Then there was a woman washing food in the canal – a reddish-brown chicken strutting alnog the path – I wanted to sit on the groud and paint them both!
During our stay at the Zhejiang Academy of Fine Arts, I walked to the lake early every morning to sketch and paint before breakfast. Here I am wearing one of the "fisherman" hats mentioned in yesterday's posting. Wondered why all the women who walk by would all smile and giggle . . . I later learned that women don't wear these, only the fishermen. Well, they worked so well in the mist and rain, all of us wore them. The image below is what I am painting in the photo above.
8 x 10
oil on gessoed museum board
On this morning one of the little boats was tied along the shore. Graceful branches from the tree above almost touched the water. The view took my breath away. I had to stop, take out my paintbox and catch the moment.
I was looking through some of my travel sketchbooks yesterday. These are from a 1993 painting trip to China. We spent several weeks in the Yangtze River Delta area. Our train rides were in cars with little tables between seats that faced each other, and tea was served on each trip. A delightful way to travel with friends.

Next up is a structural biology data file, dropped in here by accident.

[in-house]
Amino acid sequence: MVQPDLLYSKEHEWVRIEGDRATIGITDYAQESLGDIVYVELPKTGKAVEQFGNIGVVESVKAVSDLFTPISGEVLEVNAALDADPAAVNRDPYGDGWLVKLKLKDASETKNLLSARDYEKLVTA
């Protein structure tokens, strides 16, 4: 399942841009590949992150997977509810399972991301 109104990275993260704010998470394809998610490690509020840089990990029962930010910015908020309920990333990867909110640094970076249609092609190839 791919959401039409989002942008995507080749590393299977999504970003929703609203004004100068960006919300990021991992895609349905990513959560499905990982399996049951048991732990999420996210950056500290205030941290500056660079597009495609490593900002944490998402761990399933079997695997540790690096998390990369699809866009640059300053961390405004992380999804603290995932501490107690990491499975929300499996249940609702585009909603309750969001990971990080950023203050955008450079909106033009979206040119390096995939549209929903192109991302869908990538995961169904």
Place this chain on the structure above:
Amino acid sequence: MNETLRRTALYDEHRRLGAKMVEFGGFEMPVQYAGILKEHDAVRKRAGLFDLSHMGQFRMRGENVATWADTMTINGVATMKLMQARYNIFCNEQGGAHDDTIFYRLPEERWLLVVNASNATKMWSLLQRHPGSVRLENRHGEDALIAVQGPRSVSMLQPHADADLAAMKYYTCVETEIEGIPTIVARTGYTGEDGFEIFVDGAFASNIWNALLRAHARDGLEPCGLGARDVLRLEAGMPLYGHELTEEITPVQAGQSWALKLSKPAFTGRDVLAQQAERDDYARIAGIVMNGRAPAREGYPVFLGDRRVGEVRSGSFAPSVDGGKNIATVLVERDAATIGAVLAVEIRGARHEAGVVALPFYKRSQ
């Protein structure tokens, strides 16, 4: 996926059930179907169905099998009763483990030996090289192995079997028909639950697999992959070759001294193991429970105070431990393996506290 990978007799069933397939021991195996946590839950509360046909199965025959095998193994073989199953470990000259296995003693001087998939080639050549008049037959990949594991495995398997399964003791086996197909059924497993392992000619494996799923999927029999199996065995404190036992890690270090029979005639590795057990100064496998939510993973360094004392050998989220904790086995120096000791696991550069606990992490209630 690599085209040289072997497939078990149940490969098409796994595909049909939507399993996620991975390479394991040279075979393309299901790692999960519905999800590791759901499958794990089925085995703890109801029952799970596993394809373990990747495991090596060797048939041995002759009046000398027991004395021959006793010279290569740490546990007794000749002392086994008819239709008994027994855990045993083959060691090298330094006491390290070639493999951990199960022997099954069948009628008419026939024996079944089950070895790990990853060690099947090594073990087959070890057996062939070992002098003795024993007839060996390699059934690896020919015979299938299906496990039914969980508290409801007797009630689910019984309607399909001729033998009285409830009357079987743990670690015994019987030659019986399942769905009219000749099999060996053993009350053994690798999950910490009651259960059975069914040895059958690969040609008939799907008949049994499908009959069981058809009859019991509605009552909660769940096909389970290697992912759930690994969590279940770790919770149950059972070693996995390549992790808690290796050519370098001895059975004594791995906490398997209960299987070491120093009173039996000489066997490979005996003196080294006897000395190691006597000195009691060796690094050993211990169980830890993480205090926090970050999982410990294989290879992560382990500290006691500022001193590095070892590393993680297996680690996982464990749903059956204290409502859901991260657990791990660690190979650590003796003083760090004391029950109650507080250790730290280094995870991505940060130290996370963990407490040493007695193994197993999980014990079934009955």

On our ride to Hangzhou, Darrell was seated at the table across from mine. The sketch below is from a later ride to Shanghai. Roseanne sat with me. One of our new hats is on the table. The fishermen all wore these. The are made of very thick felt and the rain simply does not go thru them. We all liked them so much, our guide bought one for each of us.
Yesterday there were a few white clouds floating in a brilliant blue sky. It was just beautiful. It was only 63º but we were all ready to call it summer. The beaches along the lake even had swimmers! And, of course, all the parking spaces were already taken. We headed for the Bellevue Botanical Garden. So many cars, there was no place to park here either.
Our next idea was downtown Kirkland to visit the galleries and then sit by the lake in the sun . . . of course, no place to park. The only vacant spaces were in the library lower lot, which was just about empty. The "Permit Parking Only" signs on every post made it seem quite unfriendly, so we left Kirkland and went on to Kenmore to our favorite Starbucks, where we sat outside in the sun with our favorite summer drinks.
I had to take the car in for an oil change early this morning. Rather than wait for the car at the station, I walked down the street to a coffee shop. Unlike my last post, I had a sketchbook with me this morning. Interesting. I think I sketched this man once before . . . also around 7 am . . . same coffee shop and I was there for the same reason.